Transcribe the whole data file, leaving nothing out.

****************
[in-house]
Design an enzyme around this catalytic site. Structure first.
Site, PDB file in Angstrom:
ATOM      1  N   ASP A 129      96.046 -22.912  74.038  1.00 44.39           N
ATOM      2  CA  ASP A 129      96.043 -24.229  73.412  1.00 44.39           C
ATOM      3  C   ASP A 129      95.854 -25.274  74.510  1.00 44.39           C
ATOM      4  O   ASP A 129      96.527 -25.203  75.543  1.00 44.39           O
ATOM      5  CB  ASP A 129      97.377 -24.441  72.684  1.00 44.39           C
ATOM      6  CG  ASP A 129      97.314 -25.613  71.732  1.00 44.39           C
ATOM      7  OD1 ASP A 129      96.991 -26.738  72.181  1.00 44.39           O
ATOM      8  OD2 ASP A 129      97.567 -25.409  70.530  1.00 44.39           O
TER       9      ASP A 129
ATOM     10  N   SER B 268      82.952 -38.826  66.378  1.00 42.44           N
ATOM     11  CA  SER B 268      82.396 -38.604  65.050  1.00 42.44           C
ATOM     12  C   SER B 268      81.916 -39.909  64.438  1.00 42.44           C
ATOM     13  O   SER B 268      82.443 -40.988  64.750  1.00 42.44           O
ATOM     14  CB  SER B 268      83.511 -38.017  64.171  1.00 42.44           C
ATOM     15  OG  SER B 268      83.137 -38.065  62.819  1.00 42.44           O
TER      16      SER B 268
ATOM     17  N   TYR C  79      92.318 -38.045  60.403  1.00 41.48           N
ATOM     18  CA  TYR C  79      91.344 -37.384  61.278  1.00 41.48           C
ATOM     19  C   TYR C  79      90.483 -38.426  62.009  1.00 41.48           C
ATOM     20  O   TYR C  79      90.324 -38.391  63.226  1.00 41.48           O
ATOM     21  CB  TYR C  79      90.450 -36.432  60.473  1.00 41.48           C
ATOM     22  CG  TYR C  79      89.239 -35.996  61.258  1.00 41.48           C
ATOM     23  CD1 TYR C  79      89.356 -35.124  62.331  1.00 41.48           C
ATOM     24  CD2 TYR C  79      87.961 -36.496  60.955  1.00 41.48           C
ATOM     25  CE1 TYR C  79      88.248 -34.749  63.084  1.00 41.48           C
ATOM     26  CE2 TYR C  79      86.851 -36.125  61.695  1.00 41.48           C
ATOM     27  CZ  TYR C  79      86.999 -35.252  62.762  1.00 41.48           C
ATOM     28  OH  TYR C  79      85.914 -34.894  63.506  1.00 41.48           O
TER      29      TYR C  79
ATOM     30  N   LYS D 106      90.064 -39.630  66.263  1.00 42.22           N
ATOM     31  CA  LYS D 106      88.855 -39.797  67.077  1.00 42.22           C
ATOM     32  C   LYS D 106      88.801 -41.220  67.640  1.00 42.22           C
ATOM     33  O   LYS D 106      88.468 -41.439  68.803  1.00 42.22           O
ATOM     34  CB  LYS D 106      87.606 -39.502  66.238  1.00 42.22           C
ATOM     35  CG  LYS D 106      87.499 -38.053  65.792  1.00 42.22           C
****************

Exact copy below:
[in-house]
Design an enzyme around this catalytic site. Structure first.
Site, PDB file in Angstrom:
ATOM      1  N   ASP A 129      96.046 -22.912  74.038  1.00 44.39           N
ATOM      2  CA  ASP A 129      96.043 -24.229  73.412  1.00 44.39           C
ATOM      3  C   ASP A 129      95.854 -25.274  74.510  1.00 44.39           C
ATOM      4  O   ASP A 129      96.527 -25.203  75.543  1.00 44.39           O
ATOM      5  CB  ASP A 129      97.377 -24.441  72.684  1.00 44.39           C
ATOM      6  CG  ASP A 129      97.314 -25.613  71.732  1.00 44.39           C
ATOM      7  OD1 ASP A 129      96.991 -26.738  72.181  1.00 44.39           O
ATOM      8  OD2 ASP A 129      97.567 -25.409  70.530  1.00 44.39           O
TER       9      ASP A 129
ATOM     10  N   SER B 268      82.952 -38.826  66.378  1.00 42.44           N
ATOM     11  CA  SER B 268      82.396 -38.604  65.050  1.00 42.44           C
ATOM     12  C   SER B 268      81.916 -39.909  64.438  1.00 42.44           C
ATOM     13  O   SER B 268      82.443 -40.988  64.750  1.00 42.44           O
ATOM     14  CB  SER B 268      83.511 -38.017  64.171  1.00 42.44           C
ATOM     15  OG  SER B 268      83.137 -38.065  62.819  1.00 42.44           O
TER      16      SER B 268
ATOM     17  N   TYR C  79      92.318 -38.045  60.403  1.00 41.48           N
ATOM     18  CA  TYR C  79      91.344 -37.384  61.278  1.00 41.48           C
ATOM     19  C   TYR C  79      90.483 -38.426  62.009  1.00 41.48           C
ATOM     20  O   TYR C  79      90.324 -38.391  63.226  1.00 41.48           O
ATOM     21  CB  TYR C  79      90.450 -36.432  60.473  1.00 41.48           C
ATOM     22  CG  TYR C  79      89.239 -35.996  61.258  1.00 41.48           C
ATOM     23  CD1 TYR C  79      89.356 -35.124  62.331  1.00 41.48           C
ATOM     24  CD2 TYR C  79      87.961 -36.496  60.955  1.00 41.48           C
ATOM     25  CE1 TYR C  79      88.248 -34.749  63.084  1.00 41.48           C
ATOM     26  CE2 TYR C  79      86.851 -36.125  61.695  1.00 41.48           C
ATOM     27  CZ  TYR C  79      86.999 -35.252  62.762  1.00 41.48           C
ATOM     28  OH  TYR C  79      85.914 -34.894  63.506  1.00 41.48           O
TER      29      TYR C  79
ATOM     30  N   LYS D 106      90.064 -39.630  66.263  1.00 42.22           N
ATOM     31  CA  LYS D 106      88.855 -39.797  67.077  1.00 42.22           C
ATOM     32  C   LYS D 106      88.801 -41.220  67.640  1.00 42.22           C
ATOM     33  O   LYS D 106      88.468 -41.439  68.803  1.00 42.22           O
ATOM     34  CB  LYS D 106      87.606 -39.502  66.238  1.00 42.22           C
ATOM     35  CG  LYS D 106      87.499 -38.053  65.792  1.00 42.22           C